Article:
Release – this setting will determine the length of time that it takes the compressor‘s gain to return to normal once the signal has fallen below the Threshold setting.
Some compressors have an Auto attack/release button that selects suitable settings for the incoming sound.
Hard Knee/ Soft Knee – this control dictates the character of the compression used, a Hard Knee setting will instantly apply the full amount of gain reduction to the signal once it has exceeded the Threshold. Soft Knee will allow the effect of the compressor to be more gradual.
Side Chain – this function allows you to use an external signal to control the compressor. This effect is frequently used in electronic music. For example producers will often feed the bass part from a song into a compressor whilst routing the kick drum sound through the compressors side chain input. This will have the effect of "ducking" the bass sound when the kick drum plays, producing a rhythmic pumping effect.
is the acoustic environment that surrounds a sound. Natural reverb exists everywhere. Whether the space being described is a bathroom or a gymnasium, the essential characteristics remain the same.Reverb is composed of a series of tightly-spaced echoes. The number of echoes and the way that they decay play a major role in shaping the sound that you hear. Many other factors influence the sound of a reverberant space. These include the dimensions of the actual space (length, width, and height), the construction of the space (such as whether the walls are hard or soft and whether the floor is carpeted), and diffusion (what the sound bounces off of). In addition to natural reverb, software synthesis of reverberation is also possible. Many audio card s, synthesizer s, dedicated effects processors, and digital audio applications can create reverb, simulating both natural and supernatural environments. For example, one could create the reverb for a room fifty feet long, five feet wide, with a four-foot ceiling, lined with carpet.The synthesis of reverb by a digital signal processing (DSP) algorithm usually attempts to mimic the way a real acoustic space works. The algorithm designers simulate the early reflections, the compounding of echoes, and the decay of high versus low frequencies when designing their product. Of course, the more processing power and speed available, the more complex and potentially realistic a reverb signal can be created.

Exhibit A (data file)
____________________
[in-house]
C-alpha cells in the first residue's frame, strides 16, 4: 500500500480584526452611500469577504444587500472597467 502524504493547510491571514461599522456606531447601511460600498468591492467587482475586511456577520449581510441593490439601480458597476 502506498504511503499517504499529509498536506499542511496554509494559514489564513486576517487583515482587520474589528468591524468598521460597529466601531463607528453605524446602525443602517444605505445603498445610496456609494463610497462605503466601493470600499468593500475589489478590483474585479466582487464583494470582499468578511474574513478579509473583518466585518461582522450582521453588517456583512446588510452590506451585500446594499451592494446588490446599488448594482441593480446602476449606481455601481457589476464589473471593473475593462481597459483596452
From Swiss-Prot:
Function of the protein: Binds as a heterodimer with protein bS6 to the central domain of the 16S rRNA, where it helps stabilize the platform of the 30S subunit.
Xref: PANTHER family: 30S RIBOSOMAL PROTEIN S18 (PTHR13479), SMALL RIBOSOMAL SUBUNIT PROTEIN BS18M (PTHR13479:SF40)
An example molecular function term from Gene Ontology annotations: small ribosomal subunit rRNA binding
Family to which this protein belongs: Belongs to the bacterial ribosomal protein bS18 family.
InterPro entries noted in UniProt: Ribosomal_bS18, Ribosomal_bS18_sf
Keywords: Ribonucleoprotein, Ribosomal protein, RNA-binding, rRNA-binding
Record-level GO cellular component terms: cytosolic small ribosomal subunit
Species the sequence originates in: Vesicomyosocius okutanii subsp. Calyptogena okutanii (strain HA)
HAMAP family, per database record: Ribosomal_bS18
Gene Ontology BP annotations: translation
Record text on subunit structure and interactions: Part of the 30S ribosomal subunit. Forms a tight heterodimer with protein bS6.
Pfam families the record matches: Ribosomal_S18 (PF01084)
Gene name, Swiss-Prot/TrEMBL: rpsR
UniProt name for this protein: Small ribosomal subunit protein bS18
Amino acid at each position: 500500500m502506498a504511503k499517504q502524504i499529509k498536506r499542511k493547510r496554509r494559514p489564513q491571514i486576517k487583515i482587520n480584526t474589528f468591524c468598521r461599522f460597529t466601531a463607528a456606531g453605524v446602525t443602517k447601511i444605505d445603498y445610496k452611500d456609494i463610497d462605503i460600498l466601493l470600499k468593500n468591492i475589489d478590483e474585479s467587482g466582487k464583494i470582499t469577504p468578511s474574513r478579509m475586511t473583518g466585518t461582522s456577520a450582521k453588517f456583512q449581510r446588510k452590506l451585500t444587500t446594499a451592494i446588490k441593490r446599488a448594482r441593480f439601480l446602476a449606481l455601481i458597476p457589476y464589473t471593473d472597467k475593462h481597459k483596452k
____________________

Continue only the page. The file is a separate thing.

is an audio effect which records an input signal to an audio storage medium, and then plays it back after a period of time.The delayed signal may either be played back multiple times, or played back into the recording again, to create the sound of a repeating, decaying echo.
to simulate the effect of reverberation in a large hall or cavern, one or several delayed signals are added to the original signal. To be perceived as echo, the delay has to be of order 35 milliseconds or above. Short of actually playing a sound in the desired environment, the effect of echo can be implemented using either digital or analog methods.
creation for unusual sound , a delayed signal is added to the original signal with a continuously variable delay (usually smaller than 10 ms).Using a delay line creates an unlimited series of equally spaced notches and peaks.
The electronic phasing effect is created by splitting an audio signal into two paths. One path treats the signal with an all-pass filter, which preserves the amplitude of the original signal and alters the phase. The amount of change in phase depends on the frequency. When signals from the two paths are mixed, the frequencies that are out of phase will cancel each other out, creating the phaser's characteristic notches.
a delayed signal is added to the original signal with a constant delay. The delay has to be short in order not to be perceived as echo, but above 5 ms to be audible. If the delay is too short, it will destructively interfere with the un-delayed signal and create a flanging effect. Often, the delayed signals will be slightly pitch shifted to more realistically convey the effect of multiple voices.